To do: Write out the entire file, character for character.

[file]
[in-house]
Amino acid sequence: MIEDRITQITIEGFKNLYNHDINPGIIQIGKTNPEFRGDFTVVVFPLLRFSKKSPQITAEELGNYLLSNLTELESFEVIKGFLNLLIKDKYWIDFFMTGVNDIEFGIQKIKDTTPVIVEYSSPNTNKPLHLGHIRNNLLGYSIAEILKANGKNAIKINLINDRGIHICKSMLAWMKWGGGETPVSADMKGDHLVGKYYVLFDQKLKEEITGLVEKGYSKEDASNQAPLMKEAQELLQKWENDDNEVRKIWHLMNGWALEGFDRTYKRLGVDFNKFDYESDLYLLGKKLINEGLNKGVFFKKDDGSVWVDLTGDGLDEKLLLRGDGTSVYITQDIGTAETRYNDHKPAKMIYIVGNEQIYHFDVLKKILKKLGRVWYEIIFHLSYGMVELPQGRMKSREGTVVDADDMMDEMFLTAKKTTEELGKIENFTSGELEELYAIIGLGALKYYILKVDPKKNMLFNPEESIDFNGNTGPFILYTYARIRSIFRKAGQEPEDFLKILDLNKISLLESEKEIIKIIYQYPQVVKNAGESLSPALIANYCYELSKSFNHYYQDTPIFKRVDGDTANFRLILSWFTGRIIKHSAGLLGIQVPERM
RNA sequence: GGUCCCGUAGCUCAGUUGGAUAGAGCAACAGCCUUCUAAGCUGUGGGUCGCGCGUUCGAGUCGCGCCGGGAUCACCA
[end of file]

[in-house]
Amino acid sequence: MIEDRITQITIEGFKNLYNHDINPGIIQIGKTNPEFRGDFTVVVFPLLRFSKKSPQITAEELGNYLLSNLTELESFEVIKGFLNLLIKDKYWIDFFMTGVNDIEFGIQKIKDTTPVIVEYSSPNTNKPLHLGHIRNNLLGYSIAEILKANGKNAIKINLINDRGIHICKSMLAWMKWGGGETPVSADMKGDHLVGKYYVLFDQKLKEEITGLVEKGYSKEDASNQAPLMKEAQELLQKWENDDNEVRKIWHLMNGWALEGFDRTYKRLGVDFNKFDYESDLYLLGKKLINEGLNKGVFFKKDDGSVWVDLTGDGLDEKLLLRGDGTSVYITQDIGTAETRYNDHKPAKMIYIVGNEQIYHFDVLKKILKKLGRVWYEIIFHLSYGMVELPQGRMKSREGTVVDADDMMDEMFLTAKKTTEELGKIENFTSGELEELYAIIGLGALKYYILKVDPKKNMLFNPEESIDFNGNTGPFILYTYARIRSIFRKAGQEPEDFLKILDLNKISLLESEKEIIKIIYQYPQVVKNAGESLSPALIANYCYELSKSFNHYYQDTPIFKRVDGDTANFRLILSWFTGRIIKHSAGLLGIQVPERM
RNA sequence: GGUCCCGUAGCUCAGUUGGAUAGAGCAACAGCCUUCUAAGCUGUGGGUCGCGCGUUCGAGUCGCGCCGGGAUCACCA